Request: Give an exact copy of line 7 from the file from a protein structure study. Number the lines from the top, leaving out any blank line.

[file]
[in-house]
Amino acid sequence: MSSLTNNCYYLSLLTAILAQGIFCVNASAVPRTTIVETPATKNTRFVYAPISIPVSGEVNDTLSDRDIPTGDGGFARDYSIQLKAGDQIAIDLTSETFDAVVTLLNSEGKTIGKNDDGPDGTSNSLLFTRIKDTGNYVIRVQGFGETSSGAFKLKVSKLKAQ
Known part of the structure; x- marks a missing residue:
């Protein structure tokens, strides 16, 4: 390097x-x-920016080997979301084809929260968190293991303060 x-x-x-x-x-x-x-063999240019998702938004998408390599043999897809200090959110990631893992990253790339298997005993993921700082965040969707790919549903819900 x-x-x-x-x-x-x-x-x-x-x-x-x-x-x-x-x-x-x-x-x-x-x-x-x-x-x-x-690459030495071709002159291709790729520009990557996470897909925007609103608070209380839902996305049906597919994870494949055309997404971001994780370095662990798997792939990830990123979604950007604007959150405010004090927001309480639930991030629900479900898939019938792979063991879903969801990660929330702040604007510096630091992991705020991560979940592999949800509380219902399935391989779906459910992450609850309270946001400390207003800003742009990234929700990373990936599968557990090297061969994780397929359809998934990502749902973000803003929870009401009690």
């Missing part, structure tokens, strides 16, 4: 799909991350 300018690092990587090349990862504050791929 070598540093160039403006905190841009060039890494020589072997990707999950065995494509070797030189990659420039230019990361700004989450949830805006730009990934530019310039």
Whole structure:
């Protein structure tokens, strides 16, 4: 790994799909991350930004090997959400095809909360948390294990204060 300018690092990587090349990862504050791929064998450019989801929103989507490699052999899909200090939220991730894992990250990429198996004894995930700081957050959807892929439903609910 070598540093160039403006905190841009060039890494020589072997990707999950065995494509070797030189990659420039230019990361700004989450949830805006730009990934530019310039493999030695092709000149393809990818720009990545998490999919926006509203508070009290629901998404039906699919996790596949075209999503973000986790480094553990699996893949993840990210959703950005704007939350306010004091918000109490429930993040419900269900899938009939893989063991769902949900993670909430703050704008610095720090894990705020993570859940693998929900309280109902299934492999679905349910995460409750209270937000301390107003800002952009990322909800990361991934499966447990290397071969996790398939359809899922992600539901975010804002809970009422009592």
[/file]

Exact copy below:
């Protein structure tokens, strides 16, 4: 790994799909991350930004090997959400095809909360948390294990204060 300018690092990587090349990862504050791929064998450019989801929103989507490699052999899909200090939220991730894992990250990429198996004894995930700081957050959807892929439903609910 070598540093160039403006905190841009060039890494020589072997990707999950065995494509070797030189990659420039230019990361700004989450949830805006730009990934530019310039493999030695092709000149393809990818720009990545998490999919926006509203508070009290629901998404039906699919996790596949075209999503973000986790480094553990699996893949993840990210959703950005704007939350306010004091918000109490429930993040419900269900899938009939893989063991769902949900993670909430703050704008610095720090894990705020993570859940693998929900309280109902299934492999679905349910995460409750209270937000301390107003800002952009990322909800990361991934499966447990290397071969996790398939359809899922992600539901975010804002809970009422009592």